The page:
Tuesday, March 27, 2012
Sermon: Matthew 7: 13-29 Two Ways To Live
Two roads diverged in a yellow wood,
And sorry I could not travel both
And be one traveller, long I stood
And looked down one as far as I could
To where it bent in the undergrowth;
Then took the other, as just as fair...
So writes the poet, Robert Frost. I wonder if you’ve ever had a similar experience. It might be on a walk in a forest; it could be while you’re out driving, and you come to a fork in the road - which way will you go? Which way should you go? Both paths might look the same, but the important question is - where are you trying to get to?
The Sat Nav is a great help these days, as it helps to point out where you are, and how to get to your destination. As Jesus brings the Sermon on the Mount to a close, it’s as if he’s giving us a spiritual sat nav. Jesus tells us that there are only two ways to live, two paths to take, two types of tree, two claims of discipleship, and two houses. The challenge for us in each of these cases is to ask ourselves - where are we? Which path are we on? What is our ultimate destination?
In verse 13, we find the first contrast. Jesus tells us that there are two gates and two roads: ‘Enter through the narrow gate; for the gate is wide and the road is easy that leads to destruction, and there are many who take it.’ (13) I wonder if you’ve been on the new A4 dual carriageway recently? It’s a great road, wide, smooth, fast, room for overtaking, it makes getting to Belfast (or home) a lot easier.
There’s a road like that in life as well - it’s wide, easy to enter, smooth to journey on, you can coast along nicely, going with the flow. But just as we’ve been hearing of some of those horrific motorway crashes in England and in Europe, so Jesus says that this broad road leads to destruction. Picture a wide, fast-flowing river which suddenly drops over a waterfall. Many take the road, and are heading for destruction.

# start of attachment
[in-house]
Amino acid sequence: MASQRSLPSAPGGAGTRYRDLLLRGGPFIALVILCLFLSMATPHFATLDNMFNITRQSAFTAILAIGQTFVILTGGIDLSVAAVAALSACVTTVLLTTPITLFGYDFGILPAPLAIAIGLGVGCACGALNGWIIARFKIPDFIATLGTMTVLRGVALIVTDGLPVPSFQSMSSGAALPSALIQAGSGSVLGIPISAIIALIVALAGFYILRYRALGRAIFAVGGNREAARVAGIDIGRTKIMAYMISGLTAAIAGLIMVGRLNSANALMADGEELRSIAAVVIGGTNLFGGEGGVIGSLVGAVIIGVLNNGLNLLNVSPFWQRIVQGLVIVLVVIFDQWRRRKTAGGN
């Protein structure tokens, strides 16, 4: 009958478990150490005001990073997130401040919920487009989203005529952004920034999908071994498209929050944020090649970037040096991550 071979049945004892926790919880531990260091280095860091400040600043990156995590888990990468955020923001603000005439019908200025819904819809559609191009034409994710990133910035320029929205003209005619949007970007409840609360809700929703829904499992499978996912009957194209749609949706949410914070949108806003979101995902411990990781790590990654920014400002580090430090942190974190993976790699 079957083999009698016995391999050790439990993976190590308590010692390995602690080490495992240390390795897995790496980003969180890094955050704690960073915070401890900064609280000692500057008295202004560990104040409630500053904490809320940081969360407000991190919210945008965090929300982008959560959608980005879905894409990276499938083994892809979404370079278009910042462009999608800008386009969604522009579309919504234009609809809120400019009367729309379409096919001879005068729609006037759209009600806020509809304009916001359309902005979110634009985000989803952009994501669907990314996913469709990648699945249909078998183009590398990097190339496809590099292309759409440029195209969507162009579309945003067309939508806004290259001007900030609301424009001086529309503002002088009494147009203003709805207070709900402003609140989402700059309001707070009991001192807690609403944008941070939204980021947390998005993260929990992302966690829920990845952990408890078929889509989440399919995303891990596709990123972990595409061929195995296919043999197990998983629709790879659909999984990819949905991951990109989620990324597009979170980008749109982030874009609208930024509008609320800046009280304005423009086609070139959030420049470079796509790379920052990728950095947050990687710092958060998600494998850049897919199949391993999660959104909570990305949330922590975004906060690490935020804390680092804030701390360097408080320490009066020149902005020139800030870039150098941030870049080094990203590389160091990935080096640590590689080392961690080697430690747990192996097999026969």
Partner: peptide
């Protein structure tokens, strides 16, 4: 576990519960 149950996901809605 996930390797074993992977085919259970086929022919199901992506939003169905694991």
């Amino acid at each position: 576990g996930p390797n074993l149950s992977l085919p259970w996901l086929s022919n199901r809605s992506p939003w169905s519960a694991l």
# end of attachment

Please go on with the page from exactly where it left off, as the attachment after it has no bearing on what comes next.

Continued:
By contrast, Jesus tells us to enter through the narrow gate - ‘for the gate is narrow and the road is hard that leads to life, and there are few who find it.’ (14) I used to take my granny out for drives on Sunday afternoons. Rather than heading on the motorway and going for miles, we would take the wee country roads around and about Dromore. We never covered great distances, the roads were too windy, so the speed was low but we saw a lot more. Jesus says that the Christian life is hard going; it’s not popular; it’s a struggle - yet the final destination is life, not destruction.
Which road are you on? What is the direction of your life? Where are you finally heading? Keep the end in mind - the narrow way is worth it in the end.
Jesus’ next picture is that of two trees; two teachers. Here’s what Jesus says: ‘Beware of false prophets, who come to you in sheep’s clothing but inwardly are ravenous wolves. You will know them by their fruits.’ (15-16) Can you imagine the shepherd getting a new sheep - it looks like all the rest - there’s wool, it has four legs, it might even baa. But when you look closer, it’s very different - what big eyes you have; what big teeth you have!
Jesus is saying that false prophets, false teachers don’t come with a big neon sign above their head saying ‘false teacher!’ They’ll look the part. In the Church of Ireland, they’ll be wearing their cassock and surplice, scarf or stole. You can’t go by looks. But they’re a danger to the flock. So how can we tell if the minister we’re listening to is genuine or not? Jesus says: ‘You will know them by their fruits. Are grapes gathered from thorns, or figs from thistles? In the same way, every good tree bears good fruit, but the bad tree bears bad fruit. A good tree cannot bear bad fruit, nor can a bad tree bear good fruit.’
We need to look a little closer, not just at what they say, but also at what they do; how they live their life. What kind of fruit are they producing? Or to bring it closer to home, what kind of fruit am I producing? The actions of my life will flow from my heart - showing what is on the inside, either a sinful heart, or a born again new heart.
So what way are you going? Who are you listening to along the way?